This column first appeared in Broad + Liberty.
Credit for good works matters a lot in politics, as it naturally should.
The Delaware County Council understands this, which is why the county put out a year’s-end press release touting all of the achievements of the $20,000,000 health department the county formally created in April — a long-standing dream of Democrats and progressives in the county.
Yet, a closer look at some of the numbers the county released shows the county is claiming credit for activities that were likely already offered by the state, claiming credit for activities that were going to be undertaken anyway or, in one case, grossly exaggerating their efforts.
Take the county’s statistic that it “administered 172,000 Covid-19 vaccine doses as of the end of November.” You might think that’s the number of shots the health department gave in the clinic at the strip mall in Yeadon that the county overpaid for. But, after Broad + Liberty asked for a breakdown by location, we learned that the site only jabbed 1,149 people since the Delaware County Health Department was formally established around April 2022.
The full breakdown provided by a spokesperson with the Delaware County Health Department shows us a summary of the number of Covid vaccines actually “administered” by DCHD from April 2022 through December 22, 2022, by location:
- Chester: 92
- Yeadon: 1,149
- Yeadon (children <5): 74
- Homebound: 519
- Community events throughout the county: 530
After Broad + Liberty questioned the County, the number of administered vaccine shots dropped from 172,000 to 2,364. I understand wanting to put your best foot forward but exaggerating the count by 170,000 is a bit much.
“Prior to April 2022, the Delaware County Covid-19 Task Force administered vaccinations at Yeadon and a range of other locations throughout the county,” said a spokesperson for DCHD.
Nothing could illustrate better the county already had the ability to provide these services [emergency vaccination rollouts, etc.] without a health department than these statistics.
Such an example only underscores the long running debate on how to best provide basic health services in the county.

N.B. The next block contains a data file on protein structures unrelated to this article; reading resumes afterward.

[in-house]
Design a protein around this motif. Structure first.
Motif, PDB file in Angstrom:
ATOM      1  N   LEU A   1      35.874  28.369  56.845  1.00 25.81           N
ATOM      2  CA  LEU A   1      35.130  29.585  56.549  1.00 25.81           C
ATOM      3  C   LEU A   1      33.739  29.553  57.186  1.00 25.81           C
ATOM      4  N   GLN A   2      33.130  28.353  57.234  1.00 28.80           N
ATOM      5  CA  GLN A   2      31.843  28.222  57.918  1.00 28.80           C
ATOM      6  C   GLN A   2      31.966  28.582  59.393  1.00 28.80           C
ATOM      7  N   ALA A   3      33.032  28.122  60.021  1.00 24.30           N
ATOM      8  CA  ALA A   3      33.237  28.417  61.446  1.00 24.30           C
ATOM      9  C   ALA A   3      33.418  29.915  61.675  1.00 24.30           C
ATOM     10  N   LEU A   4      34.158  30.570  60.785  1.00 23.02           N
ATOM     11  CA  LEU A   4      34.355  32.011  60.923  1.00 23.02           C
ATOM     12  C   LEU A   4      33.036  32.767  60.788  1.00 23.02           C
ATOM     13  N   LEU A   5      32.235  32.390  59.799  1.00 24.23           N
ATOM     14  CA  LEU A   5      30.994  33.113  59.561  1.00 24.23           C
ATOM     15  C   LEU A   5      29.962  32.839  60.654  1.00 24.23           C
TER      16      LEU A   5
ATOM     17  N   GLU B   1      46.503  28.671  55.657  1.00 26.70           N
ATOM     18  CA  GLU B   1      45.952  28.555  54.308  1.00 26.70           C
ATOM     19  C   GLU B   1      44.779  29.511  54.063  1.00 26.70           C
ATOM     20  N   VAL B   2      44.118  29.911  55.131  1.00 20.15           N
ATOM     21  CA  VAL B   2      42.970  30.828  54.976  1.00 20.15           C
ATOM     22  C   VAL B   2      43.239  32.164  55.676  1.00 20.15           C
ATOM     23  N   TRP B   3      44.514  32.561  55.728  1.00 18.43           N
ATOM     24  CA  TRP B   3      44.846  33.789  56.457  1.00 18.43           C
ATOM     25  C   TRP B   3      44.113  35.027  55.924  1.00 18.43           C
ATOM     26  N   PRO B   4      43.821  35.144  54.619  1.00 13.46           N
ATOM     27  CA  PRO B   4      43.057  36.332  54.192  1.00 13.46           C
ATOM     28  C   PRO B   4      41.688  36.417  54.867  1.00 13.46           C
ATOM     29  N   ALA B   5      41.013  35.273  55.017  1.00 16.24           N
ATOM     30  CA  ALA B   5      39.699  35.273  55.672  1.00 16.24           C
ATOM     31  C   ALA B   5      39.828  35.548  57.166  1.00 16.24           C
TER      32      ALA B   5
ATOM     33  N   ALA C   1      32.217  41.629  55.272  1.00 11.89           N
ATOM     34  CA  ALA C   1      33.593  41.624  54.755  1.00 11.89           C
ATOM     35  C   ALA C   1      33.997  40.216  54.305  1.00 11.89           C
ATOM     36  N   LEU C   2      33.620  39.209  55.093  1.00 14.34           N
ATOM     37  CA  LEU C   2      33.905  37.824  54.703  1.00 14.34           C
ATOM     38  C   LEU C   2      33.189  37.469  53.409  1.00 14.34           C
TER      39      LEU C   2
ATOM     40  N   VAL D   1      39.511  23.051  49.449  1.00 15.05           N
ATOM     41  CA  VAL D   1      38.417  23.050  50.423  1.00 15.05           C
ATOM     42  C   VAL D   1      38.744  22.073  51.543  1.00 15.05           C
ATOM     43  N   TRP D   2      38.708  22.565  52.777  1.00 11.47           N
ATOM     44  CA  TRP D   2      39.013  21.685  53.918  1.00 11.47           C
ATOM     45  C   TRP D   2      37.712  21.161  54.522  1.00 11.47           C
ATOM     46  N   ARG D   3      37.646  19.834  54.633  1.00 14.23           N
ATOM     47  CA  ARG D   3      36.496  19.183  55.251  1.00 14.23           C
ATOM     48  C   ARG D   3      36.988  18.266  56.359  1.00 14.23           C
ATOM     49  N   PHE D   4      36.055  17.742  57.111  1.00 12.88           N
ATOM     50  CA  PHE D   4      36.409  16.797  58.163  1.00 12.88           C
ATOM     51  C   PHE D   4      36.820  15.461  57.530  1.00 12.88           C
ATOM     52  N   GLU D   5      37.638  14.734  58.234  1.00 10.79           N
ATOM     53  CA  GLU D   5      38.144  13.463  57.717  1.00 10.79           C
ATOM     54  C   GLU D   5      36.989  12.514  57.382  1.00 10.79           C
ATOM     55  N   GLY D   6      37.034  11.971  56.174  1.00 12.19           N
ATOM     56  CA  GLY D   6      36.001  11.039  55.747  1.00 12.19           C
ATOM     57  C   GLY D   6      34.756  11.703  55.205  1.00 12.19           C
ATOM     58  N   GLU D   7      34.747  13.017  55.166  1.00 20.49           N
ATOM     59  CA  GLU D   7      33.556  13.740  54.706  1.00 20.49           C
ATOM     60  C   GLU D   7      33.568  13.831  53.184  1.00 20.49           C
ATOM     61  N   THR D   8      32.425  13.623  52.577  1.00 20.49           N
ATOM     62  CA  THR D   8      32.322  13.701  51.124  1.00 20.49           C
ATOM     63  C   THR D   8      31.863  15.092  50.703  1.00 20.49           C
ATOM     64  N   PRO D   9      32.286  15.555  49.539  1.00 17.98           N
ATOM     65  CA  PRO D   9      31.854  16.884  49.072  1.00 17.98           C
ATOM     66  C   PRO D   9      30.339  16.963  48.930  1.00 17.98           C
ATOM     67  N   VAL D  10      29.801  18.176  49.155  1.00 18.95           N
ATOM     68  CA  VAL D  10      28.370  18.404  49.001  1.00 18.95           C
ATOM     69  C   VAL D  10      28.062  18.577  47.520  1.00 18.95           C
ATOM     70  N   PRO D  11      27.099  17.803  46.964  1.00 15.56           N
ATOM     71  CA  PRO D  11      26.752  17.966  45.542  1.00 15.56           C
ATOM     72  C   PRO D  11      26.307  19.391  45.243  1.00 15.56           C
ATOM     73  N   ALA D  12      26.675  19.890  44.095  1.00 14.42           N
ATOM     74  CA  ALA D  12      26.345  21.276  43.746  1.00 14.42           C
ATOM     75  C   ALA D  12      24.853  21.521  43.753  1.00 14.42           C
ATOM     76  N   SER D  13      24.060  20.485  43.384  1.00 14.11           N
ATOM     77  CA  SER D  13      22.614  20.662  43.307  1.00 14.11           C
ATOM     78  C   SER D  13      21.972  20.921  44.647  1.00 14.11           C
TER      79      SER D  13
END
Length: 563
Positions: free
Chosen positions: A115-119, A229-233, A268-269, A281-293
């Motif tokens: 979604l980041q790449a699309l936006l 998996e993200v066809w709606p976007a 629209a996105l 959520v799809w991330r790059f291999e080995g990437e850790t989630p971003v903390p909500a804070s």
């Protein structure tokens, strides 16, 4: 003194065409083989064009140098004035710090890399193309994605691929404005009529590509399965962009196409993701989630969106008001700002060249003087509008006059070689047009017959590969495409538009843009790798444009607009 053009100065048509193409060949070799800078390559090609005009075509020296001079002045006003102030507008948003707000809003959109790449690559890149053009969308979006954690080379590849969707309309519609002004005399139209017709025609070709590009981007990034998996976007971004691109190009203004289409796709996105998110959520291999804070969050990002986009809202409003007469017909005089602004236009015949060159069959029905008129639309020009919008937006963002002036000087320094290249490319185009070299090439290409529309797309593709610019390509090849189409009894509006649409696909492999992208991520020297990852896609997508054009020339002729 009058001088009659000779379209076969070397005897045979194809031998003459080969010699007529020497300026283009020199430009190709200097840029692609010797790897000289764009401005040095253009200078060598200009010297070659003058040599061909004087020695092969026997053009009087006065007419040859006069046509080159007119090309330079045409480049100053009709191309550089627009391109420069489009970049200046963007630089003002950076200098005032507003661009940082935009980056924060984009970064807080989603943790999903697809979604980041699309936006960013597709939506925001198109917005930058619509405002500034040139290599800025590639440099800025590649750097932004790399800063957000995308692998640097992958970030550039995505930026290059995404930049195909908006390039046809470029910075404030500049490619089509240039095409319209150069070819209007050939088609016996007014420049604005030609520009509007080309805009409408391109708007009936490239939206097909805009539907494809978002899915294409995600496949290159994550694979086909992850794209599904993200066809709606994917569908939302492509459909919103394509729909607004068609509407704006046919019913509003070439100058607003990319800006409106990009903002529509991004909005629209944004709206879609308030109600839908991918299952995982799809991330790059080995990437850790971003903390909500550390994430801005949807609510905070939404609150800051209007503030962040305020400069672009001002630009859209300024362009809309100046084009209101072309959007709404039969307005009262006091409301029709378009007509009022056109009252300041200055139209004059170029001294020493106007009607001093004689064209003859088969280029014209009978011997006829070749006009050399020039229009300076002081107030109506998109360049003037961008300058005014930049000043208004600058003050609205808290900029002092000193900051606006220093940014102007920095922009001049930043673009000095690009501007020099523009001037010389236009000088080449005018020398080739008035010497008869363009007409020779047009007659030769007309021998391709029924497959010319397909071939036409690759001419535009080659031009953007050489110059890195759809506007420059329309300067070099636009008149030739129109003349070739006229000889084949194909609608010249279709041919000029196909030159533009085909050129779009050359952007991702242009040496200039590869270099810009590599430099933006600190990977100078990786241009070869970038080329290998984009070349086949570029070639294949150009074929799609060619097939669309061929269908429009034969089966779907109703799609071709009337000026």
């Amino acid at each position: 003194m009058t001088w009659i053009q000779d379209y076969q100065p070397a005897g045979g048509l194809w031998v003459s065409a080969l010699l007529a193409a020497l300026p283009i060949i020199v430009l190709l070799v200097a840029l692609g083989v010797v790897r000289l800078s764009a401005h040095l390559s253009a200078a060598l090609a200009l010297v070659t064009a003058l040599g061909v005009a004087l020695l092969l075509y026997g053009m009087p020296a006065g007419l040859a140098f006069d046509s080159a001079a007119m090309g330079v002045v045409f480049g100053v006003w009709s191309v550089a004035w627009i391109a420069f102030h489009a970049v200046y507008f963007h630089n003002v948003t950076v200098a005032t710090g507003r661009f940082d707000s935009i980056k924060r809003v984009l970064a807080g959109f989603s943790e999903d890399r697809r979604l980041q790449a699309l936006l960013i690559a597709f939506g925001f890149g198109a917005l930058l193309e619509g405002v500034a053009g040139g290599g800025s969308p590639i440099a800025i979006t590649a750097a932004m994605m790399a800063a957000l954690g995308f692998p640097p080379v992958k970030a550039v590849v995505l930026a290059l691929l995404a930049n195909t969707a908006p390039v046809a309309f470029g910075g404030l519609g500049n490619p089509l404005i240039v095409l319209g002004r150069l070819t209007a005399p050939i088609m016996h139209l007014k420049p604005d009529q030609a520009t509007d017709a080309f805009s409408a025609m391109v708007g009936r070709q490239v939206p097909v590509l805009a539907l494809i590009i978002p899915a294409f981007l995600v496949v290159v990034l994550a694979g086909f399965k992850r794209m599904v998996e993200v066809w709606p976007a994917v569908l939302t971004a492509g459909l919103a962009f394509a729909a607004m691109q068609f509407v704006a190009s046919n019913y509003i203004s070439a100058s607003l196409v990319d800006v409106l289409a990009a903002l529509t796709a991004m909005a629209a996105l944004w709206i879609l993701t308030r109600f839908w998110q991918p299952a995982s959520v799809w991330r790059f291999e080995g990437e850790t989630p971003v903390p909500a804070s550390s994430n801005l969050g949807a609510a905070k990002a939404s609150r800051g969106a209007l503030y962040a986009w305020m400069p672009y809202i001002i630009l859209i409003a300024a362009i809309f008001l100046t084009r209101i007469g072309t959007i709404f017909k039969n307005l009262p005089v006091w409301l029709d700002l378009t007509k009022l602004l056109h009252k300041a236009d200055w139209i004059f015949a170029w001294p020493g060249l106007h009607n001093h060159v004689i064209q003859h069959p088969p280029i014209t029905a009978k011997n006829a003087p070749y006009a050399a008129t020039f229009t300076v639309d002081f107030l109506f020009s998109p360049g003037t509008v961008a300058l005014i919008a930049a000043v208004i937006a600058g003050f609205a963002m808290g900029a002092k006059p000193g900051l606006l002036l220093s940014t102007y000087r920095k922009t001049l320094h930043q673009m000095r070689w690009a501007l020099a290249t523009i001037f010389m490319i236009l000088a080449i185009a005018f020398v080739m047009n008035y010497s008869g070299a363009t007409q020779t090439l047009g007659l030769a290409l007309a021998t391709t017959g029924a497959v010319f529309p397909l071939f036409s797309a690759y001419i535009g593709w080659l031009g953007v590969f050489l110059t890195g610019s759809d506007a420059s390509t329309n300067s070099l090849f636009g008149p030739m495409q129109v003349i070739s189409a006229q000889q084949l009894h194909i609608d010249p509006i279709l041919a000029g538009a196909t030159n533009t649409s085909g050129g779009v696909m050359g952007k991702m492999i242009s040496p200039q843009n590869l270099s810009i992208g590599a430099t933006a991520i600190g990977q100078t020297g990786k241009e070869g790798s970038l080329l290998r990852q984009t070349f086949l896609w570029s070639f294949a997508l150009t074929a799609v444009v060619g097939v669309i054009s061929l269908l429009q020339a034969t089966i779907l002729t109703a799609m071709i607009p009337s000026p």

A 2010 study by Johns Hopkins University examined health services in the county, acknowledging that many who commissioned the study were interested in the specific question of whether the county should create a stand-alone health department. One of the general findings was that the county could do better by simply creating more organization around services already provided for by the state.
“Public health in Delaware County does not function as a system; there is no known designated public health leader, or centralized structure for public health information,” the report said.
The county’s release has other examples of services that were already available or were already going to be undertaken, including mentions of free pregnancy testing. Other counties (Berks, for example) provide these services with state grants but also without standalone county health departments.
The county’s press release brags about restaurant inspections. Municipalities were already handling this task. In fact several communities in the county sued and are continuing to do the inspections locally.
Another of the justifications for opening the $20,000,000 taxpayer-funded health department was that the public would be better protected from the ravages of the Covid epidemic. According to a recent article in the Sunday, February 5th edition of the Delco Daily Times, the county has an infection rate 15 percent higher than the statewide rate. Only seven counties have a health department and over fifty don’t. You might ask: what am I getting for my money?
With all of this as background, it becomes more and more clear that Delaware County Democrats fell prey to the “do something” bias, also known as the “action bias.”
This bias “describes our innate tendency to respond to situations by taking some kind of action, even when we have no evidence that it will lead to a better outcome and might even make things worse,” according to an article in SciTechDaily.
Summarizing the seminal study on the bias by environmental scientists Anthony Patt and economist Richard Zeckhauser, SciTechDaily noted, “decision-makers have a bias for taking action even if it makes the situation slightly worse, and that this bias is even stronger if the decision-maker is acting as an agent for other people.”
Despite having other viable options, Delaware County Democrats made the decision to create another costly bureaucratic institution; the functions of which are nearly identical to state and municipal health services which already exist.
DCHD’s time, money, and resources would be better spent creating the superior public health outcomes it promises, rather than misattributing statistics to justify its existence.